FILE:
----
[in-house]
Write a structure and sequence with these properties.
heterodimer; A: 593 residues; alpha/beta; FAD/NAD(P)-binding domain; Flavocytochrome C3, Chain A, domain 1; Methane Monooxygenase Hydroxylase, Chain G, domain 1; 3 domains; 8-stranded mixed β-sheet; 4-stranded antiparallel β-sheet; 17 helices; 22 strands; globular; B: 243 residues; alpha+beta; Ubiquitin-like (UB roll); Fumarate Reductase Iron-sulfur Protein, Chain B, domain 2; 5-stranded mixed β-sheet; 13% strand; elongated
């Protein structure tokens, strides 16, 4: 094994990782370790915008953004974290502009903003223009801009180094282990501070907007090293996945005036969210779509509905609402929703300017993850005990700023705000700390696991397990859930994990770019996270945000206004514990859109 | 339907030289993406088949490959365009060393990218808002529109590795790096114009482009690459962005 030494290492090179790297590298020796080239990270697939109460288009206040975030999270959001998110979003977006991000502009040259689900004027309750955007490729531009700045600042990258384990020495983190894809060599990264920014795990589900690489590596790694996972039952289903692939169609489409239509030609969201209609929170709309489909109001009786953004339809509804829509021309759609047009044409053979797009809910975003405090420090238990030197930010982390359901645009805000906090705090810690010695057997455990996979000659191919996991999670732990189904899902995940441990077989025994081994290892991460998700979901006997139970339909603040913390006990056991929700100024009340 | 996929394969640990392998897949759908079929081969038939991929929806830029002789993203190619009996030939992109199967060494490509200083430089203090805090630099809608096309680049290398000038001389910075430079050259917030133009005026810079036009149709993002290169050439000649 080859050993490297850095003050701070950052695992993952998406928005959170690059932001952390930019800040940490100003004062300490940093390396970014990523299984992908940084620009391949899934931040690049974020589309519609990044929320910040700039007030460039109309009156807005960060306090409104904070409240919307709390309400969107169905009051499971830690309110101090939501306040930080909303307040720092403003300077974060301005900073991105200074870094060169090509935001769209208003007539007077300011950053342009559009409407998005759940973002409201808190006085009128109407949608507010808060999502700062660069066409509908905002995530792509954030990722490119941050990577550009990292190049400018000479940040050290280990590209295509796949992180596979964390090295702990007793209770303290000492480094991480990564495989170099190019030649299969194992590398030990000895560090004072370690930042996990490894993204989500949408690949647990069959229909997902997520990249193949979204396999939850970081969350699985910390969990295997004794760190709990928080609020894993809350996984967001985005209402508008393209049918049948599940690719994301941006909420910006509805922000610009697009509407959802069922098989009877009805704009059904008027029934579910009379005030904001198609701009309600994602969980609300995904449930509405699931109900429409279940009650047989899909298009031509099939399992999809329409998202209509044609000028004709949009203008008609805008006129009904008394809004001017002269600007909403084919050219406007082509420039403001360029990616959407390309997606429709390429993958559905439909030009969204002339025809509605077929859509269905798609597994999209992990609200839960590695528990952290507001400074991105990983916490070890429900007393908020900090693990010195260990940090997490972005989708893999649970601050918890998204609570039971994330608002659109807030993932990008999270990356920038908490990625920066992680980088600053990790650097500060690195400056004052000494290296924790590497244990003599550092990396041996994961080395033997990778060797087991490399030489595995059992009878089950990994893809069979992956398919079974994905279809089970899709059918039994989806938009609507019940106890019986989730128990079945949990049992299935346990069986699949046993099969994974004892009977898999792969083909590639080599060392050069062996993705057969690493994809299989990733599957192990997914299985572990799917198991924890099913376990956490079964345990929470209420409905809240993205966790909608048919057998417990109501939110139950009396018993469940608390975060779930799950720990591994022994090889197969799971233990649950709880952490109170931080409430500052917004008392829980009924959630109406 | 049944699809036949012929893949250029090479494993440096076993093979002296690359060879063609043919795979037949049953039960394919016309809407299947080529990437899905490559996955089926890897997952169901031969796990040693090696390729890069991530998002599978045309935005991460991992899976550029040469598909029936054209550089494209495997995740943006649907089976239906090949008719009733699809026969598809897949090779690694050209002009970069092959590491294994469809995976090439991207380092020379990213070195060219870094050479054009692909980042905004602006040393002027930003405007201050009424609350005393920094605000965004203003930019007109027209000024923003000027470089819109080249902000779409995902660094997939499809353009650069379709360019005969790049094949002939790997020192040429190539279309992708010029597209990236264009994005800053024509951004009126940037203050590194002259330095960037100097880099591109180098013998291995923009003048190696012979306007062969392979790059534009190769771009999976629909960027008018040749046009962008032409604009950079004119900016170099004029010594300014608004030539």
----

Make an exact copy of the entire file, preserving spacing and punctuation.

[in-house]
Write a structure and sequence with these properties.
heterodimer; A: 593 residues; alpha/beta; FAD/NAD(P)-binding domain; Flavocytochrome C3, Chain A, domain 1; Methane Monooxygenase Hydroxylase, Chain G, domain 1; 3 domains; 8-stranded mixed β-sheet; 4-stranded antiparallel β-sheet; 17 helices; 22 strands; globular; B: 243 residues; alpha+beta; Ubiquitin-like (UB roll); Fumarate Reductase Iron-sulfur Protein, Chain B, domain 2; 5-stranded mixed β-sheet; 13% strand; elongated
């Protein structure tokens, strides 16, 4: 094994990782370790915008953004974290502009903003223009801009180094282990501070907007090293996945005036969210779509509905609402929703300017993850005990700023705000700390696991397990859930994990770019996270945000206004514990859109 | 339907030289993406088949490959365009060393990218808002529109590795790096114009482009690459962005 030494290492090179790297590298020796080239990270697939109460288009206040975030999270959001998110979003977006991000502009040259689900004027309750955007490729531009700045600042990258384990020495983190894809060599990264920014795990589900690489590596790694996972039952289903692939169609489409239509030609969201209609929170709309489909109001009786953004339809509804829509021309759609047009044409053979797009809910975003405090420090238990030197930010982390359901645009805000906090705090810690010695057997455990996979000659191919996991999670732990189904899902995940441990077989025994081994290892991460998700979901006997139970339909603040913390006990056991929700100024009340 | 996929394969640990392998897949759908079929081969038939991929929806830029002789993203190619009996030939992109199967060494490509200083430089203090805090630099809608096309680049290398000038001389910075430079050259917030133009005026810079036009149709993002290169050439000649 080859050993490297850095003050701070950052695992993952998406928005959170690059932001952390930019800040940490100003004062300490940093390396970014990523299984992908940084620009391949899934931040690049974020589309519609990044929320910040700039007030460039109309009156807005960060306090409104904070409240919307709390309400969107169905009051499971830690309110101090939501306040930080909303307040720092403003300077974060301005900073991105200074870094060169090509935001769209208003007539007077300011950053342009559009409407998005759940973002409201808190006085009128109407949608507010808060999502700062660069066409509908905002995530792509954030990722490119941050990577550009990292190049400018000479940040050290280990590209295509796949992180596979964390090295702990007793209770303290000492480094991480990564495989170099190019030649299969194992590398030990000895560090004072370690930042996990490894993204989500949408690949647990069959229909997902997520990249193949979204396999939850970081969350699985910390969990295997004794760190709990928080609020894993809350996984967001985005209402508008393209049918049948599940690719994301941006909420910006509805922000610009697009509407959802069922098989009877009805704009059904008027029934579910009379005030904001198609701009309600994602969980609300995904449930509405699931109900429409279940009650047989899909298009031509099939399992999809329409998202209509044609000028004709949009203008008609805008006129009904008394809004001017002269600007909403084919050219406007082509420039403001360029990616959407390309997606429709390429993958559905439909030009969204002339025809509605077929859509269905798609597994999209992990609200839960590695528990952290507001400074991105990983916490070890429900007393908020900090693990010195260990940090997490972005989708893999649970601050918890998204609570039971994330608002659109807030993932990008999270990356920038908490990625920066992680980088600053990790650097500060690195400056004052000494290296924790590497244990003599550092990396041996994961080395033997990778060797087991490399030489595995059992009878089950990994893809069979992956398919079974994905279809089970899709059918039994989806938009609507019940106890019986989730128990079945949990049992299935346990069986699949046993099969994974004892009977898999792969083909590639080599060392050069062996993705057969690493994809299989990733599957192990997914299985572990799917198991924890099913376990956490079964345990929470209420409905809240993205966790909608048919057998417990109501939110139950009396018993469940608390975060779930799950720990591994022994090889197969799971233990649950709880952490109170931080409430500052917004008392829980009924959630109406 | 049944699809036949012929893949250029090479494993440096076993093979002296690359060879063609043919795979037949049953039960394919016309809407299947080529990437899905490559996955089926890897997952169901031969796990040693090696390729890069991530998002599978045309935005991460991992899976550029040469598909029936054209550089494209495997995740943006649907089976239906090949008719009733699809026969598809897949090779690694050209002009970069092959590491294994469809995976090439991207380092020379990213070195060219870094050479054009692909980042905004602006040393002027930003405007201050009424609350005393920094605000965004203003930019007109027209000024923003000027470089819109080249902000779409995902660094997939499809353009650069379709360019005969790049094949002939790997020192040429190539279309992708010029597209990236264009994005800053024509951004009126940037203050590194002259330095960037100097880099591109180098013998291995923009003048190696012979306007062969392979790059534009190769771009999976629909960027008018040749046009962008032409604009950079004119900016170099004029010594300014608004030539």